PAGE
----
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Tom Prehn Quartet - Reissue LP

160 DKK

The story of the "Tom Prehn Kvartet" is a story about a group in opposition, not only to the music of their time but to their environment, their geography, the Color of their skin and much more. In many ways, the "Tom Prehn Kvartet" is a very unlikely jazz group, and the brilliant recording you are holding in your hand seems even more so. It all began with Tom Prehn at age five practicing Mozart at the Hornbæk Badehotel. Later, the quartet would be founded with roots in the classical conservatory in Aarhus, Denmark's second largest city. The classical music conservatory was where you learned to play by notes and follow instructions. To conserve, not to create. But Tom Prehn, Fritz Krogh, Poul Ehlers and Preben Vang would have none of that. Instead, they used their exceptional technical skills to Offset the Chaotic, abrupt and Spontaneous. Debuting in 1963 on a bill that also counted Dexter Gordon and Tete Montoliu, the Tom Prehn Quartet went on to record Axiom, a recording that according to Prehm Sounds almost like "a lawnmower of its own running loose in the zoo during rush hour." Developing their sound for four years and exchanging Finn Slumstrup with Preben Vang, the group recorded the Self-titled "Tom Prehn Kvartet". One of the most unique jazz records in Danish music history. Especially interesting is the fact that the group had its home in Aarhus. With the legendary Jazzhus Montmartre, Copenhagen was a central city on the european jazz scene at the time. Presenting names such as Albert Ayler and Cecil Taylor, the Copenhagen Scene was a progressive one. Aarhus, meanwhile, is barely a footnote in the history of free jazz. Maybe this is why the "Tom Prehn Kvartet" was able to create a sound that was so far away from anything else. The Quartet doesn't sound like an imitation of John Coltrane, Cecil Taylor or Ornette Coleman. It sounds like all three at once. It takes the explosive energy of Coltrane, mixes it with the abrupt avant-garde of Taylor and adds Coleman's lyrical Sense of melody. What makes this record even more unique is the role the piano plays as a lead instrument. Backed by exceptional rhythmic bursts from Vang and abrupt, yet natural bass lines from Ehlers, Prehn's frenetic piano weaves perfectly in an out of Krogh's dark, overblown tenor solos. "Tom Prehn Kvartet" Sounds very American, yet it is unmistakably Danish. A unique masterpiece, both then and now.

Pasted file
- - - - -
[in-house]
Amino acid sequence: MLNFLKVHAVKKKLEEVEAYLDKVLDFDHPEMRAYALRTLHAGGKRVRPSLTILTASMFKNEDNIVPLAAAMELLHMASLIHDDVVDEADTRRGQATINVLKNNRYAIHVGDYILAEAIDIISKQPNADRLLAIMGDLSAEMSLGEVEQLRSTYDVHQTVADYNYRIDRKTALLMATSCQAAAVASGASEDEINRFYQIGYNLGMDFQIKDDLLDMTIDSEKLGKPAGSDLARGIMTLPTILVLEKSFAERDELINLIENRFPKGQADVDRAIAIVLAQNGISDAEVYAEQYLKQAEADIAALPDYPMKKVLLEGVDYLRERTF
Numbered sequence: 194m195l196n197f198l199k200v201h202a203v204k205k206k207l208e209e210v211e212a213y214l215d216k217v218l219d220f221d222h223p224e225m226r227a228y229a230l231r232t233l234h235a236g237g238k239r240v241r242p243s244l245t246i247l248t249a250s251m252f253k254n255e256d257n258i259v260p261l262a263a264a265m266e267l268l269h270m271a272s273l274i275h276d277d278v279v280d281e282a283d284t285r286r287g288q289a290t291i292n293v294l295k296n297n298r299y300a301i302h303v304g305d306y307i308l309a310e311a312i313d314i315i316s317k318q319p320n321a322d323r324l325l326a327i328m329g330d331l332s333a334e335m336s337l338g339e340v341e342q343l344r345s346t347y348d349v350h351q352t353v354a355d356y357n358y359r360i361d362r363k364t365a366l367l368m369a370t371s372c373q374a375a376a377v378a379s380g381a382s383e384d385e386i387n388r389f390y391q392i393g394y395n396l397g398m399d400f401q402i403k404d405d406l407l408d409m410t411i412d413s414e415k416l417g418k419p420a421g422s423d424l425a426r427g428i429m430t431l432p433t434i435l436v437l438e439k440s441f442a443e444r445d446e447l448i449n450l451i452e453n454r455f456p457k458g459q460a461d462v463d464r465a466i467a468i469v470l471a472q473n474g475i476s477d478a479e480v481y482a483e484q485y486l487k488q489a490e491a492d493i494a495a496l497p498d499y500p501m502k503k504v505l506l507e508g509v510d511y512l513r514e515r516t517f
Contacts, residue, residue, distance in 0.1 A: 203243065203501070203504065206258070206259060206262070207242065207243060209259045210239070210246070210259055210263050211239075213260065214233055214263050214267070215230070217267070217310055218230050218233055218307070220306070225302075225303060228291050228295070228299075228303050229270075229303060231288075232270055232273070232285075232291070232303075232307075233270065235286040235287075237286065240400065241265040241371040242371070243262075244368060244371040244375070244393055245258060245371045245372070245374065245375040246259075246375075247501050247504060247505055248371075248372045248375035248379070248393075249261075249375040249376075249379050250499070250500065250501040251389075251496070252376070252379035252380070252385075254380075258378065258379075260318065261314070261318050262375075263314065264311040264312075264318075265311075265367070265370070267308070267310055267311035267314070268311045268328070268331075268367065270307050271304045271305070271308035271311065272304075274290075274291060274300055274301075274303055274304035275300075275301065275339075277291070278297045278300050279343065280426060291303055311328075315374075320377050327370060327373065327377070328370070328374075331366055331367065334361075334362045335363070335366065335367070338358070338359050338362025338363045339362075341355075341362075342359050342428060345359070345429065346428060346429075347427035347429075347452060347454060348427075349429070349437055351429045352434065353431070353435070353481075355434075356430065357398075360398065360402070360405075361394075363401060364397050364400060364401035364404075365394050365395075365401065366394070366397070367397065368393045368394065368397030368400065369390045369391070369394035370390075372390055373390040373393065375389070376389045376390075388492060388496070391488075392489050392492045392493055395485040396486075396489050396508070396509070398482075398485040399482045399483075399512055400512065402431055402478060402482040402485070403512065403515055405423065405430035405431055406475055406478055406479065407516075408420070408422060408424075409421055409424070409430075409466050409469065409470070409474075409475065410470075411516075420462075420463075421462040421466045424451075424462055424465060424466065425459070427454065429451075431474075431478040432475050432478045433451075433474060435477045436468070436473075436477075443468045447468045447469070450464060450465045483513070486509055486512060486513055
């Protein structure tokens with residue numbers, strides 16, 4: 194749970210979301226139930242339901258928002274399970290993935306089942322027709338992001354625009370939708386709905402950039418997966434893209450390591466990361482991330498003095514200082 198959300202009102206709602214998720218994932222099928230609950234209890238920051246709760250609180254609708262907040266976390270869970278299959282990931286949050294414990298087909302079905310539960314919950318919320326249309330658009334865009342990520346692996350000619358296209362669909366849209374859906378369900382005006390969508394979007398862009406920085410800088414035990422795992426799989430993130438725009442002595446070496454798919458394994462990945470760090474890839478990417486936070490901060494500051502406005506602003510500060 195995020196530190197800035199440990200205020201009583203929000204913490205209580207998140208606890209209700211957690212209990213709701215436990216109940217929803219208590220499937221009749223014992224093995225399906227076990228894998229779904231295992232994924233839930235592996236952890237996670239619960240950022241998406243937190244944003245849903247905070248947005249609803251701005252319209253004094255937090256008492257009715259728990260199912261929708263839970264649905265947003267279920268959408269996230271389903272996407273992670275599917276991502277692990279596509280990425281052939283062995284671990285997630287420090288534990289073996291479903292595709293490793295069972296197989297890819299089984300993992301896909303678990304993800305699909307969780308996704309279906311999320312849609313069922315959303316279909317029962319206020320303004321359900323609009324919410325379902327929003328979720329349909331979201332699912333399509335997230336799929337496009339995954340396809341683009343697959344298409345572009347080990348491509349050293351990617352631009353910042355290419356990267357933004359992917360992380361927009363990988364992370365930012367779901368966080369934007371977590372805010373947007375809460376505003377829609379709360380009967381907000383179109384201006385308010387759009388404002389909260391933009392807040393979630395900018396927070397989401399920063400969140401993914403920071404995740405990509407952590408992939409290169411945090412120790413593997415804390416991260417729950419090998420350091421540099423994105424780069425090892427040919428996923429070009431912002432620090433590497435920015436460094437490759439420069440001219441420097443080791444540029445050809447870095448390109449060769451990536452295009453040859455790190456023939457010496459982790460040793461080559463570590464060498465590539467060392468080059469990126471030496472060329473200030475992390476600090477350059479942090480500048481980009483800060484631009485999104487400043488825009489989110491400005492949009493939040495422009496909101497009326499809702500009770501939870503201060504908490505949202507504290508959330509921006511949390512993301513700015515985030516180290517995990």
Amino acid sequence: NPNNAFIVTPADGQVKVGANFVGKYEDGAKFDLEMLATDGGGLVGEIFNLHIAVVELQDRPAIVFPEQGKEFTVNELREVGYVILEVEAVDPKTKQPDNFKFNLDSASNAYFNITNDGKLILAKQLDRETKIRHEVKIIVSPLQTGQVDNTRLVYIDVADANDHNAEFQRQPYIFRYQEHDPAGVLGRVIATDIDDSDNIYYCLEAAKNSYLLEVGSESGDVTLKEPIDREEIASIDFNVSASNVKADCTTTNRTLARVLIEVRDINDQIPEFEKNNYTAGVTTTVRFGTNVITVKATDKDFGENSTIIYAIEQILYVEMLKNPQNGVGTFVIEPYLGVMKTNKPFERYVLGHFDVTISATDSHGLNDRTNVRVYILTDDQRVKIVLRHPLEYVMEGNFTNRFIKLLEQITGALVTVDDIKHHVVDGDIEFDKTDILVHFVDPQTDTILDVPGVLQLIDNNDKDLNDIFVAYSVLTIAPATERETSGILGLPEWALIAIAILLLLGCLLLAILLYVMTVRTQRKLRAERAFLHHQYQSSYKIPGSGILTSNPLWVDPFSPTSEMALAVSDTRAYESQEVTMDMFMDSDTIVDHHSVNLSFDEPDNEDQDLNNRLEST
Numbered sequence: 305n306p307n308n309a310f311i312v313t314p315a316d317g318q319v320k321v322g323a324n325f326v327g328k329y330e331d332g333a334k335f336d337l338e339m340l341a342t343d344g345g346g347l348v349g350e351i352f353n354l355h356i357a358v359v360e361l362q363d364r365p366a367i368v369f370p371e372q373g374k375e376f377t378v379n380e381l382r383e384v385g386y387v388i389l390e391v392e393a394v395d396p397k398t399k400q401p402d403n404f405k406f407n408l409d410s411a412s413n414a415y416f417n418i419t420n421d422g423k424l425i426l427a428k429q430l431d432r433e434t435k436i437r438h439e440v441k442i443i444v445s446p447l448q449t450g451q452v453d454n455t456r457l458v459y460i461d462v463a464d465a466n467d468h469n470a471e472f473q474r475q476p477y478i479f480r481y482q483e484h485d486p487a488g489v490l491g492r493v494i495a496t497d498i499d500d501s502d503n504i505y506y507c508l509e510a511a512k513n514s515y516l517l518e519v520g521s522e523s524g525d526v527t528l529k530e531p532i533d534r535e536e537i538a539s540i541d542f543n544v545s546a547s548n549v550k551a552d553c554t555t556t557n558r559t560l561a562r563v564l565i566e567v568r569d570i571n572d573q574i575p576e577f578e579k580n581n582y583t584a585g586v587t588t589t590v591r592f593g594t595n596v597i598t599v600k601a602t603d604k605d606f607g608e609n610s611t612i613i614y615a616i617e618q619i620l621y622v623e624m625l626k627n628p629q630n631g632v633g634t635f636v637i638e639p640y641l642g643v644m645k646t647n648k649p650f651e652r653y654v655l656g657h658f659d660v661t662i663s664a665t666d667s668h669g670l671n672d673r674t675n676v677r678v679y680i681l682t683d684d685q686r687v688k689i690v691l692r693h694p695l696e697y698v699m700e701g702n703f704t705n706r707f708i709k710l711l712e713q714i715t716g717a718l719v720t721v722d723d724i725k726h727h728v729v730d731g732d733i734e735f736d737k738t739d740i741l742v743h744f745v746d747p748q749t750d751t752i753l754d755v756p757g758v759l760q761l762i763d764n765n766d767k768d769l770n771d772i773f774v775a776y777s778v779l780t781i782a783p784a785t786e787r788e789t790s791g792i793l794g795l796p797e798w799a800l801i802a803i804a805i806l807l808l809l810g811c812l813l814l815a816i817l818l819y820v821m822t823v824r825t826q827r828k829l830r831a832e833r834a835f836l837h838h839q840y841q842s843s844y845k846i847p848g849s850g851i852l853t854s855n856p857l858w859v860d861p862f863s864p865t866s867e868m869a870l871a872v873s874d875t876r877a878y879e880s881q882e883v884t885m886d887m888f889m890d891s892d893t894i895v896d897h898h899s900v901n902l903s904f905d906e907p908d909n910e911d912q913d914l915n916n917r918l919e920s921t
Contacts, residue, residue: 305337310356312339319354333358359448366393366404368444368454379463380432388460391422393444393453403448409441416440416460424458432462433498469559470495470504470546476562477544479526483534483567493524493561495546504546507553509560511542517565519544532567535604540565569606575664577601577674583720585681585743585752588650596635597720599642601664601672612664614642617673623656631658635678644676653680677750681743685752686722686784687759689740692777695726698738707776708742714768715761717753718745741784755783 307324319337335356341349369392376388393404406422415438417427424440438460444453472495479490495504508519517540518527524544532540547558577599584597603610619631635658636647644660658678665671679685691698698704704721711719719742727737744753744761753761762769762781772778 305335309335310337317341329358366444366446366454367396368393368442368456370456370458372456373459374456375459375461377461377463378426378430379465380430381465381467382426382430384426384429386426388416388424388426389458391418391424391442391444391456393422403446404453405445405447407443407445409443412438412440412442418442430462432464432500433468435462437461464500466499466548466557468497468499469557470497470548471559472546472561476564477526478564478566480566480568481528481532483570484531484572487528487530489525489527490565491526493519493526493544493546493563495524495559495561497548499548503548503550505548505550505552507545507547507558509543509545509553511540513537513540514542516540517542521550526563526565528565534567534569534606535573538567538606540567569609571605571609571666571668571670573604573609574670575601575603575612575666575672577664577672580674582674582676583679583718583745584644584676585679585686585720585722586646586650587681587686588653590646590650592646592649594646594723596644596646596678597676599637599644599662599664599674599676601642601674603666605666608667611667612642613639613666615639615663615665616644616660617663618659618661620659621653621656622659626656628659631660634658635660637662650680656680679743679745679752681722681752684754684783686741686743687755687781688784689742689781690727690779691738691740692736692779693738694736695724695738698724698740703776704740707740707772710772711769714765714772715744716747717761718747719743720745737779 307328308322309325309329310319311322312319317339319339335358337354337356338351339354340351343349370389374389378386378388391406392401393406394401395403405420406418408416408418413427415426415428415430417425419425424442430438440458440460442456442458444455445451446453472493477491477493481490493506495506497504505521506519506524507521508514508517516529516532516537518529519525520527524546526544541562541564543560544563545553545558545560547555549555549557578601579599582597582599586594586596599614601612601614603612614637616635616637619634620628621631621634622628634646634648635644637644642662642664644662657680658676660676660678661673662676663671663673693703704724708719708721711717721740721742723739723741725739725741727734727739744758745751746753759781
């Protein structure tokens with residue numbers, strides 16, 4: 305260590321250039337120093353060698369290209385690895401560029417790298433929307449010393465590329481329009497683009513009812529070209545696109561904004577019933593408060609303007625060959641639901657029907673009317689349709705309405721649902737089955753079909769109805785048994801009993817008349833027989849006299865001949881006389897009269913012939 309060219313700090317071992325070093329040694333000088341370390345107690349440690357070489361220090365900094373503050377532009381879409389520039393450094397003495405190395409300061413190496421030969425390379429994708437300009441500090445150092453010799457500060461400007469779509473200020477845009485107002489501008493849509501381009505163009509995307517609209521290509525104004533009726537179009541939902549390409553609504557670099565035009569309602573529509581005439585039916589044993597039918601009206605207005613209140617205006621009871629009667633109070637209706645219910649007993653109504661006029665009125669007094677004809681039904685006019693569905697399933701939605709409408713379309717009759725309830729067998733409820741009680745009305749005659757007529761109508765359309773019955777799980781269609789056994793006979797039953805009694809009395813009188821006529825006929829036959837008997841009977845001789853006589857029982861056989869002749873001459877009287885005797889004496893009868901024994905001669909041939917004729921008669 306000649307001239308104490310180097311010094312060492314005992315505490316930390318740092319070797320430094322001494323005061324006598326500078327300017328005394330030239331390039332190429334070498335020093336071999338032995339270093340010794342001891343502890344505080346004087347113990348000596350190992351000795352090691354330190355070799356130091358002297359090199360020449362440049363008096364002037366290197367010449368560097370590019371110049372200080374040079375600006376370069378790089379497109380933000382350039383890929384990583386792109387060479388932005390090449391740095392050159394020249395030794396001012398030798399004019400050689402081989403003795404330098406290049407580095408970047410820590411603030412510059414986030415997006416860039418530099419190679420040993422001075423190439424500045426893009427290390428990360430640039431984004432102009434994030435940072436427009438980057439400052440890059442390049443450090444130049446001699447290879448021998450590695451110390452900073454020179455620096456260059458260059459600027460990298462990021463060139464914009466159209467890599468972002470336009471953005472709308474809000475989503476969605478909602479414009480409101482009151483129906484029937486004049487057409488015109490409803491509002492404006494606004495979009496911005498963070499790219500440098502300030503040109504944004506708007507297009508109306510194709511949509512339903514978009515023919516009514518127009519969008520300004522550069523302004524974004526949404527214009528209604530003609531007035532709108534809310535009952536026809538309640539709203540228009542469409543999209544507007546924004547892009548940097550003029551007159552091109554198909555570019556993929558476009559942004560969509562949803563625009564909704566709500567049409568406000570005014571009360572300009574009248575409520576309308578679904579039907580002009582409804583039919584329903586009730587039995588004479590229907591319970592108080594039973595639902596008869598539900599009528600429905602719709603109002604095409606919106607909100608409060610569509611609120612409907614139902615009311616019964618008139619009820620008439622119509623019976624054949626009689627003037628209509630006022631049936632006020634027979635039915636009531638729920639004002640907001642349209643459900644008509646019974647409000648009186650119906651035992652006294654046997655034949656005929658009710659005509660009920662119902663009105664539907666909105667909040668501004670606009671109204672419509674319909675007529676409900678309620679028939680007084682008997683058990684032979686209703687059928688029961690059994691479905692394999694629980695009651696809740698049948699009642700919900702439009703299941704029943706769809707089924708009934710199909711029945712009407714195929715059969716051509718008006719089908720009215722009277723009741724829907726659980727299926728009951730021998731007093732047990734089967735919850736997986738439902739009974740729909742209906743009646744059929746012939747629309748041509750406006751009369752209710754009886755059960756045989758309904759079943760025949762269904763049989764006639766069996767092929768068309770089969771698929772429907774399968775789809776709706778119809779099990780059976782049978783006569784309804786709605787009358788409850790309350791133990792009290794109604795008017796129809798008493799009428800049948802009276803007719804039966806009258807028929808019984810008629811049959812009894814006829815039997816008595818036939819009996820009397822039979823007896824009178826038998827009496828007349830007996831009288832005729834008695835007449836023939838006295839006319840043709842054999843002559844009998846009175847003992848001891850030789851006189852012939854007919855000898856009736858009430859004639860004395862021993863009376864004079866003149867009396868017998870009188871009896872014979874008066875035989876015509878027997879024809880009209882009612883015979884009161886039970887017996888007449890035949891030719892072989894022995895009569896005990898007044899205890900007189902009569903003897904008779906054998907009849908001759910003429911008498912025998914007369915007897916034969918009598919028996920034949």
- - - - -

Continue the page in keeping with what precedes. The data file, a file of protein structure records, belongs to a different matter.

- F. E. Denning